A week or two ago my wife and I went to see The Tree of Life. It’s a beautiful movie that has gotten mixed reviews. It’s not plotted like a typical movie; it’s more like watching a sonnet sequence–a string of beautiful lyrics that may add up to a story but which also end up covering a lot of ground that isn’t directly related to the story. Which is frustrating to a lot of viewers, including me.
A lot of the movie is devoted to putting everyday life–the water from a sprinkler, the light sifting through the leaves of a spiraling live oak, a baby learning to talk–in a cosmic, even a transcendent context. There are these long, long sequences that look like something from a planetarium movie–supernovas, volcanoes, jellyfish–that are somehow fascinating and stultifying at the same time. Then spang up against it are these scenes of small-town Americana. Eventually you realize that the light of a supernova is the same as the light of a Fourth of July sparkler, and that both are lit with the light inextinguishable.
The Tree of Life is devoted to beauty in ways that I have never seen in a movie. Its purpose seems to be to train the viewer’s eye to see how much beauty there is in the mundane world we live in. It seems to have worked on me. I keep witnessing scenes that I’ve witnessed a thousand times before and seeing the beauty in them as if for the first time. My kids swinging together on the swing set struck me as so marvelous the other day that I just sat in the car and watched them as if they were a couple of deer crossing the road. The people in the neighborhood Kroger were so beautiful, I wondered if I had gone to the wrong grocery store. It was grace at work, I believe.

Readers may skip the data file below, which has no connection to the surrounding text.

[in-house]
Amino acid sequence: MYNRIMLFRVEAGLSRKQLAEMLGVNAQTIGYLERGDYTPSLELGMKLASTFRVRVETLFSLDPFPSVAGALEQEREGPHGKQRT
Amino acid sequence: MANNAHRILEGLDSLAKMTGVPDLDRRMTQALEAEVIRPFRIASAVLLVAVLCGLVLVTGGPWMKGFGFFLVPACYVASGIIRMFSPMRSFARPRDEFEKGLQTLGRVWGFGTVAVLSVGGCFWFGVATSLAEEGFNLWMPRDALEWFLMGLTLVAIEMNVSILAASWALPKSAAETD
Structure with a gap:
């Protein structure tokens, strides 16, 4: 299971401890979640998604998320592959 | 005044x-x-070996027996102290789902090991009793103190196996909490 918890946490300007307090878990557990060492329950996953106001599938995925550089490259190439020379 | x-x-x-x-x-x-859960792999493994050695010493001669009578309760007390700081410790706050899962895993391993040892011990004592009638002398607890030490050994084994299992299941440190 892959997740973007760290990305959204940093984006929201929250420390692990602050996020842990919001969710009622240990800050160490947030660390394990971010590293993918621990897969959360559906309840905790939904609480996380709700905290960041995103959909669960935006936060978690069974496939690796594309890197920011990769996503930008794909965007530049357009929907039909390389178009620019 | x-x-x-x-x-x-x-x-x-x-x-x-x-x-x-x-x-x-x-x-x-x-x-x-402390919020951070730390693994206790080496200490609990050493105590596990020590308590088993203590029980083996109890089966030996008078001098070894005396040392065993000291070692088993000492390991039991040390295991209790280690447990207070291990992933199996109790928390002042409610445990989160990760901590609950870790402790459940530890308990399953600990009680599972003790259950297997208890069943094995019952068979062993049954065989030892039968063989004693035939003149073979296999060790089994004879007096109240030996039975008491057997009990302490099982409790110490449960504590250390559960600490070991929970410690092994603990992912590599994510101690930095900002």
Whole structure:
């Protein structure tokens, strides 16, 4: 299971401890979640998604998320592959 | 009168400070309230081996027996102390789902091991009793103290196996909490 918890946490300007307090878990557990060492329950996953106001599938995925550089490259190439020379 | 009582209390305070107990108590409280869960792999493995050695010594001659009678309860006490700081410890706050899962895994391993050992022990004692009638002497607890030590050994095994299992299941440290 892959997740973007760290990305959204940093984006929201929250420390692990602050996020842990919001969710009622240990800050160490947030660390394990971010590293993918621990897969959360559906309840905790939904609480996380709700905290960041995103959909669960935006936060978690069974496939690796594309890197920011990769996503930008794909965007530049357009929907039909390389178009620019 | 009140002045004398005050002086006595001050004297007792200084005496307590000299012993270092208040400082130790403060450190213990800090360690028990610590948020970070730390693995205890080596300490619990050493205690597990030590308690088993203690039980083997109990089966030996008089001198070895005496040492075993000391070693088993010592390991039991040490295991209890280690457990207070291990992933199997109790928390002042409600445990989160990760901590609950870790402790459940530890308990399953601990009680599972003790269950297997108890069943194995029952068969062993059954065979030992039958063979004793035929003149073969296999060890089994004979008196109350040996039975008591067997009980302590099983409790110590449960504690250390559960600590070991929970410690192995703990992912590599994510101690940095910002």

This romance of the everyday made me think of a passage from Chesterton’s Orthodoxy, with which I will leave you:
[W]e all like astonishing tales because they touch the nerve of the ancient instinct of astonishment. This is proved by the fact that when we are very young children we do not need fairy tales: we only need tales. Mere life is interesting enough. A child of seven is excited by being told that Tommy opened a door and saw a dragon. But a child of three is excited by being told that Tommy opened a door. Boys like romantic tales; but babies like realistic tales — because they find them romantic.
And a little further down…
The test of all happiness is gratitude…Children are grateful when Santa Claus puts in their stockings gifts of toys or sweets. Could I not be grateful to Santa Claus when he put in my stockings the gift of two miraculous legs? We thank people for birthday presents of cigars and slippers. Can I thank no one for the birthday present of birth?
This is a beautiful world we live in–fallen, yes, but lovely when we only pay attention.
ToL strikes me as very similar to _How Green Was My Valley_ in a lot of ways. The difference, from all that I have gathered without seeing the film, is that _How Green_ is much better.
I haven’t seen How Green Is My Valley, FT, but you’d be in a better position to pass judgment if you had actually seen Tree of Life.